Let's say, you have already created a segment tree. You are required to update the values of the array, this will not only change the leaf nodes of your segment tree, but also the minimum/maximum in some nodes. Let's look at this with an example:
This is our minimum segment tree of 8 elements. To give you a quick reminder, each nodes represent the minimum value of the range mentioned beside them. Let's say, we want to increment the value of the first item of our array by 3. How can we do that? We'll follow the way in which we conducted RMQ. The process would look like:
We can see that, updating a single node requires O(logn)
time complexity, where n is the number of leaf nodes. So if we are asked to update some nodes from i to j, we'll require O(nlogn)
time complexity. This becomes cumbersome for a large value of n. Let's be Lazy i. e., do work only when needed. How? When we need to update an interval, we will update a node and mark its child that it needs to be updated and update it when needed. For this we need an array lazy of the same size as that of a segment tree. Initially all the elements of the lazy array will be 0 representing that there is no pending update. If there is non-zero element in lazy[i], then this element needs to update node i in the segment tree before making any query operations. How are we going to do that? Let's look at an example:
Let's say, for our example tree, we want to execute some queries. These are:
increment [0,3] by 3:
We start from the root node. At first, we check if this value is up-to-date. For this we check our lazy array which is 0, that means the value is up-to-date. [0,3] partially overlaps [0,7]. So we go to both the directions.
Our Segment Tree and Lazy Tree would look like:
The non-zero values in nodes of our Lazy Tree represents, there are updates pending in those nodes and below. We'll update them if required. If we are asked, what is the minimum in range [0,3], we'll come to the left subtree of the root node and since there's no pending updates, we'll return 2, which is correct. So this process doesn't affect the correctness of our segment tree algorithm.
increment [0,3] by 1:
Our Segment Tree and Lazy Tree will look like:
As you can see, we're accumulating the updates at Lazy Tree but not pushing it down. This is what Lazy Propagation means. If we hadn't used it, we had to push the values down to the leaves, which would cost us more unnecessary time complexity.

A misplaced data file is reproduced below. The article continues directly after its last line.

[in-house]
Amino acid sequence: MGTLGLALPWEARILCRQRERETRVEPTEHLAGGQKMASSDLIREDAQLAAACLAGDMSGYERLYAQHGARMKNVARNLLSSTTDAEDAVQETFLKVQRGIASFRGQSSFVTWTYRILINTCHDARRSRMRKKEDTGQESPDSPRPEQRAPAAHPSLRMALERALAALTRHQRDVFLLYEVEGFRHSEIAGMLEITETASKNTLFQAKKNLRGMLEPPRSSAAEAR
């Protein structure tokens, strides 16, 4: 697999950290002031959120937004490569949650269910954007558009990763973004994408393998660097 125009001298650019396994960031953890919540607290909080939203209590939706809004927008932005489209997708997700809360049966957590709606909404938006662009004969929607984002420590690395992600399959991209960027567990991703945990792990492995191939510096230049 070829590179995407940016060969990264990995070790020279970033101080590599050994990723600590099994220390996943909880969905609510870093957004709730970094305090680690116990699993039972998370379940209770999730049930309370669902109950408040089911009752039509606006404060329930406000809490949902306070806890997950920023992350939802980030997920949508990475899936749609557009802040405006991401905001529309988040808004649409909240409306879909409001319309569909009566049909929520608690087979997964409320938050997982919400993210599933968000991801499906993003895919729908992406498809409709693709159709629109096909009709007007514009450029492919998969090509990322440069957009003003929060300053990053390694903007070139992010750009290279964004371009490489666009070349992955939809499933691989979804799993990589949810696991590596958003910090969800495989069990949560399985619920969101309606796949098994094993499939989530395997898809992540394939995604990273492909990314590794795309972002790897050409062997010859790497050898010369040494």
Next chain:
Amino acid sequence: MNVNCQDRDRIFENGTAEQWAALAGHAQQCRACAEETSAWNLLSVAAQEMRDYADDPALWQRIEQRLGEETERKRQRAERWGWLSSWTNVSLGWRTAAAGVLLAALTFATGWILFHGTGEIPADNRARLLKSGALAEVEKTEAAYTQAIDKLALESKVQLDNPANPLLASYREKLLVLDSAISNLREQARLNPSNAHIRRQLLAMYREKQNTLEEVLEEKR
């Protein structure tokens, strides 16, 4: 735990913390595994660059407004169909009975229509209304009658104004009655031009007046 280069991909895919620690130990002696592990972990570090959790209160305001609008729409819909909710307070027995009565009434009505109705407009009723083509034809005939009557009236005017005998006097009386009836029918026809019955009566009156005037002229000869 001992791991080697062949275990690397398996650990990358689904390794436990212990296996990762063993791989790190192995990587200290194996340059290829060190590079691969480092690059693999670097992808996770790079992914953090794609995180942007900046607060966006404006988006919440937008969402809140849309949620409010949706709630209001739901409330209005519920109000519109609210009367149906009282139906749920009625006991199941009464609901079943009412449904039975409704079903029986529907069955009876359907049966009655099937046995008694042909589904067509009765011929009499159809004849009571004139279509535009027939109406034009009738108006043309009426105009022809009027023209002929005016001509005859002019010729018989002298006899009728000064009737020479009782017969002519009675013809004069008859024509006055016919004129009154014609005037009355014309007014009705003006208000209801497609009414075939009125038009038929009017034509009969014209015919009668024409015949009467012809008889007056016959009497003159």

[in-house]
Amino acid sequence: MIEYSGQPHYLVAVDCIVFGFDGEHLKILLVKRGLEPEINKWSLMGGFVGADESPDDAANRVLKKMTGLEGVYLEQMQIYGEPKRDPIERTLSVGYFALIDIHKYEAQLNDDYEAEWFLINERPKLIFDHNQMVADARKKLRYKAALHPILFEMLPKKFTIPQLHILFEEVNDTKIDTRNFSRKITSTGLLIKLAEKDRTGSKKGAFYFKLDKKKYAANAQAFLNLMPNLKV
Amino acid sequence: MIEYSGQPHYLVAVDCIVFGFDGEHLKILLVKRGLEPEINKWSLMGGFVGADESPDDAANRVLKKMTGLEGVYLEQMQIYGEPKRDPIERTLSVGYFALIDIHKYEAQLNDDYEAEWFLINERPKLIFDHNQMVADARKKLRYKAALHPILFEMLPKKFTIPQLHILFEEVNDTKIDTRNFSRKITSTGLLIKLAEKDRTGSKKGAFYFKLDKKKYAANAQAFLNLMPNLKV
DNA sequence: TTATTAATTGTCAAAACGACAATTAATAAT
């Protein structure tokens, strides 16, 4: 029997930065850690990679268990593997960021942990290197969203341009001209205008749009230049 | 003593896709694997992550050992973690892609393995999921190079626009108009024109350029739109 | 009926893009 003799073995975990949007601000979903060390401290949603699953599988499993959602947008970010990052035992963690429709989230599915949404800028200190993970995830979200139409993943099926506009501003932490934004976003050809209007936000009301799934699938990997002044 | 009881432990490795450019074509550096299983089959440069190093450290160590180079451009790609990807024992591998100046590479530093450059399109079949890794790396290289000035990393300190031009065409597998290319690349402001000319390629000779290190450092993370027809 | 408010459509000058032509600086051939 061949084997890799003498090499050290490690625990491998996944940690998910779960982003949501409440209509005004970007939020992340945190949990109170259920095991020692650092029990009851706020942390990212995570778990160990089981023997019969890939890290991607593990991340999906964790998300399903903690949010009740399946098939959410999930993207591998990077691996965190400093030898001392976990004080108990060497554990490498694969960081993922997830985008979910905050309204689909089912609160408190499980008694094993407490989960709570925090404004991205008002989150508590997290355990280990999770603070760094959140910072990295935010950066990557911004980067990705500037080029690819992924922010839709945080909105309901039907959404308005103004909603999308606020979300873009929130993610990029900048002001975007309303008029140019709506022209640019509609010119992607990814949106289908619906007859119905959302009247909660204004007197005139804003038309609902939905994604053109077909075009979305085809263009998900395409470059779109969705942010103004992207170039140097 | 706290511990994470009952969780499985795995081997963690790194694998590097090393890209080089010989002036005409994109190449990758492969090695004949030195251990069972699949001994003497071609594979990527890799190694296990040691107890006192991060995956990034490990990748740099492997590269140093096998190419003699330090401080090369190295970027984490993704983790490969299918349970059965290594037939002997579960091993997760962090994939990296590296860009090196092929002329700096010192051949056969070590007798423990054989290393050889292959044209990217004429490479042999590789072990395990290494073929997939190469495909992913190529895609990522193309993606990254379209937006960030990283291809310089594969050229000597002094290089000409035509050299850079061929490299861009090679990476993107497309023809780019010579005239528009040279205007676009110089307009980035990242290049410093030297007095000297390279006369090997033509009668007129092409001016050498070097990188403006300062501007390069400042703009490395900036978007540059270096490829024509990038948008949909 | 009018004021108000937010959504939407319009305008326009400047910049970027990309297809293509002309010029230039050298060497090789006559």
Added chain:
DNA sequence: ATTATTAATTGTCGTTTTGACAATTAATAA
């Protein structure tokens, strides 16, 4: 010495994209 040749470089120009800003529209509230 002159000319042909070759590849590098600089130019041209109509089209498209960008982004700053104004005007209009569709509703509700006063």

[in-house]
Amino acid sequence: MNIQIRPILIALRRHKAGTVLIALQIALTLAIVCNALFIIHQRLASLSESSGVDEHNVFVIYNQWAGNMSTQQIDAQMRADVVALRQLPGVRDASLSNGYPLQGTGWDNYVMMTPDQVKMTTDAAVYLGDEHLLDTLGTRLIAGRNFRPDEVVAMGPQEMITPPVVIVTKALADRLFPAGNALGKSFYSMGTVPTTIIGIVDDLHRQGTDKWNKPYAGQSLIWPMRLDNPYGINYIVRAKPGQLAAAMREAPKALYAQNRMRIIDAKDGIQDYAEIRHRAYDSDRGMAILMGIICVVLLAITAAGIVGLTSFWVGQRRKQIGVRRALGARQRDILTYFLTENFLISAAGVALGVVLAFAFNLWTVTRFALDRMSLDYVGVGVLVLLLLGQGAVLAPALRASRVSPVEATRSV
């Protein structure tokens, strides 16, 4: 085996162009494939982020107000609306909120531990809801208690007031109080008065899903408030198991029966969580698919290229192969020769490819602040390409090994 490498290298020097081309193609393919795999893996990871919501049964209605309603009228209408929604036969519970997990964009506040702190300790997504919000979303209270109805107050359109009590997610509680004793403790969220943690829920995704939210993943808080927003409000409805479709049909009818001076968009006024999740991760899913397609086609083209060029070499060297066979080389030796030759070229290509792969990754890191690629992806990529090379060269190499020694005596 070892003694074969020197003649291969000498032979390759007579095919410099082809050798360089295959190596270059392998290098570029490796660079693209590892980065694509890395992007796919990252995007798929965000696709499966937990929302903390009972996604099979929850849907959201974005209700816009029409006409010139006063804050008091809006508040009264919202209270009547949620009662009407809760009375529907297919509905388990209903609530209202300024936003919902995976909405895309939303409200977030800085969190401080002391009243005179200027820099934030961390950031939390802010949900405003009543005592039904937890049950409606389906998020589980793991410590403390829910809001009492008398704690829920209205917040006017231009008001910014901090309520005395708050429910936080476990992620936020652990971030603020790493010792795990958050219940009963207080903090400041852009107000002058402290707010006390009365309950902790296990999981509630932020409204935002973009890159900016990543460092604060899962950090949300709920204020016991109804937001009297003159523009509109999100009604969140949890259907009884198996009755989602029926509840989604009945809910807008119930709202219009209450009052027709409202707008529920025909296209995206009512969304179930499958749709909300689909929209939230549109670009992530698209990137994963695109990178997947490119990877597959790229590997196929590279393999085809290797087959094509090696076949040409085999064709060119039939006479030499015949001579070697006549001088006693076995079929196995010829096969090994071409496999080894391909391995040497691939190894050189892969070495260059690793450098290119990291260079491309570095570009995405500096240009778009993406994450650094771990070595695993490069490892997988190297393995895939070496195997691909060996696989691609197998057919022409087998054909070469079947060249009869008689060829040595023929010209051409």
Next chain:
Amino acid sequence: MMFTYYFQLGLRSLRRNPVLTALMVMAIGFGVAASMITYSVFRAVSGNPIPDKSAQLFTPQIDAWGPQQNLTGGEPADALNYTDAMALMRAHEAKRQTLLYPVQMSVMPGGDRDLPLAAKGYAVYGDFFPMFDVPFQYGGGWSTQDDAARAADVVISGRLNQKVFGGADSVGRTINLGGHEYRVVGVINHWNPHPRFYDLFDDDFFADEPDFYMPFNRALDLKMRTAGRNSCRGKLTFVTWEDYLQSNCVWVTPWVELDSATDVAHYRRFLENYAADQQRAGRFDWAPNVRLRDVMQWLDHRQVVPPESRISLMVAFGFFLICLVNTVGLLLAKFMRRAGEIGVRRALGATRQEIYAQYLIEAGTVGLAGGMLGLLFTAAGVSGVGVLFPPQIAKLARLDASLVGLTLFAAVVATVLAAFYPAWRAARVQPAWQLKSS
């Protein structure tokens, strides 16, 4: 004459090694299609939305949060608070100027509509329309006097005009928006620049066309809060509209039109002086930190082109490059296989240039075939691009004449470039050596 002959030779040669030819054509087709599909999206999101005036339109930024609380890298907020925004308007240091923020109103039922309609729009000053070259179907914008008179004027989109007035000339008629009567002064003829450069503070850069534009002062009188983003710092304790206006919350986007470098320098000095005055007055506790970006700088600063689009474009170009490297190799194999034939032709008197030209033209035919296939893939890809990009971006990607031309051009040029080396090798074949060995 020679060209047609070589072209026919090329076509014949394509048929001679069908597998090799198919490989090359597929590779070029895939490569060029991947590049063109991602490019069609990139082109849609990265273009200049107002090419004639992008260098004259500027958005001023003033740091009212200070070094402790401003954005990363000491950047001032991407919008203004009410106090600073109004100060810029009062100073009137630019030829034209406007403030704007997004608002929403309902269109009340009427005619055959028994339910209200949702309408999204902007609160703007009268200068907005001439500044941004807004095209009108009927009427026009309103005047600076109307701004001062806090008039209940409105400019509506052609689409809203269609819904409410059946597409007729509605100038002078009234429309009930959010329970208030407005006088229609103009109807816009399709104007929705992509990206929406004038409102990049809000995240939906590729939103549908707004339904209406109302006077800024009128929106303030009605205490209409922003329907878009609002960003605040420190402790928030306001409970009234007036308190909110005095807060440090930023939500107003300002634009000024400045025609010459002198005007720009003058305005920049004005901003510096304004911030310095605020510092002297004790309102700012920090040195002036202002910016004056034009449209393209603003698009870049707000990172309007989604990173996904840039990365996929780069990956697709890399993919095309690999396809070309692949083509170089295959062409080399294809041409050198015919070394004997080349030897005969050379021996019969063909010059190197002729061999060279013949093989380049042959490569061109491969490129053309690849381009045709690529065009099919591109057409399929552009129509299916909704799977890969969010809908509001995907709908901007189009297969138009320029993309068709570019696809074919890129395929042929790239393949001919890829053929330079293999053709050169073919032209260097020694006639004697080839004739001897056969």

increment [0,0] by 2:
Our Segment Tree and Lazy Tree will look like:
We can notice that, the value at [0,0], when needed, got all the increment.
Now if you are asked to find the minimum in range [3,5], if you have understood up to this point, you can easily figure out how the query would go and the returned value will be 1. Our segment Tree and Lazy Tree would look like:
We have simply followed the same process we followed in finding RMQ with added constraints of checking the Lazy Tree for pending updates.
Another thing we can do is instead of returning values from each node, since we know what will be the child node of our current node, we can simply check them to find the minimum of these two.
The pseudo-code for updating in Lazy Propagation would be:
Procedure UpdateSegmentTreeLazy(segmentTree, LazyTree, startRange,
endRange, delta, low, high, position):
if low > high //out of bounds
Return
end if
if LazyTree[position] is not equal to 0 //update needed
segmentTree[position] := segmentTree[position] + LazyTree[position]
if low is not equal to high //non-leaf node
LazyTree[2 * position + 1] := LazyTree[2 * position + 1] + delta
LazyTree[2 * position + 2] := LazyTree[2 * position + 2] + delta
end if
LazyTree[position] := 0
end if
if startRange > low or endRange < high //doesn't overlap
Return
end if
if startRange <= low && endRange >= high //total overlap
segmentTree[position] := segmentTree[position] + delta
if low is not equal to high
LazyTree[2 * position + 1] := LazyTree[2 * position + 1] + delta
LazyTree[2 * position + 2] := LazyTree[2 * position + 2] + delta
end if
Return
end if
//if we reach this portion, this means there's a partial overlap
mid := (low + high) / 2
UpdateSegmentTreeLazy(segmentTree, LazyTree, startRange,
endRange, delta, low, mid, 2 * position + 1)
UpdateSegmentTreeLazy(segmentTree, LazyTree, startRange,
endRange, delta, mid + 1, high, 2 * position + 2)
segmentTree[position] := min(segmentTree[2 * position + 1],
segmentTree[2 * position + 2])
And the pseudo-code for RMQ in Lazy Propagation will be:
Procedure RangeMinimumQueryLazy(segmentTree, LazyTree, qLow, qHigh, low, high, position):
if low > high
Return infinity
end if
if LazyTree[position] is not equal to 0 //update needed
segmentTree[position] := segmentTree[position] + LazyTree[position]
if low is not equal to high
segmentTree[position] := segmentTree[position] + LazyTree[position]
if low is not equal to high //non-leaf node
LazyTree[2 * position + 1] := LazyTree[2 * position + 1] + LazyTree[position]
LazyTree[2 * position + 2] := LazyTree[2 * position + 2] + LazyTree[position]
end if
LazyTree[position] := 0
end if
if qLow > high and qHigh < low //no overlap
Return infinity
end if
if qLow <= low and qHigh >= high //total overlap
Return segmentTree[position]
end if
//if we reach this portion, this means there's a partial overlap
mid := (low + high) / 2
Return min(RangeMinimumQueryLazy(segmentTree, LazyTree, qLow, qHigh,
low, mid, 2 * position + 1),
RangeMinimumQueryLazy(segmentTree, LazyTree, qLow, qHigh,
mid + 1, high, 2 * position + 1)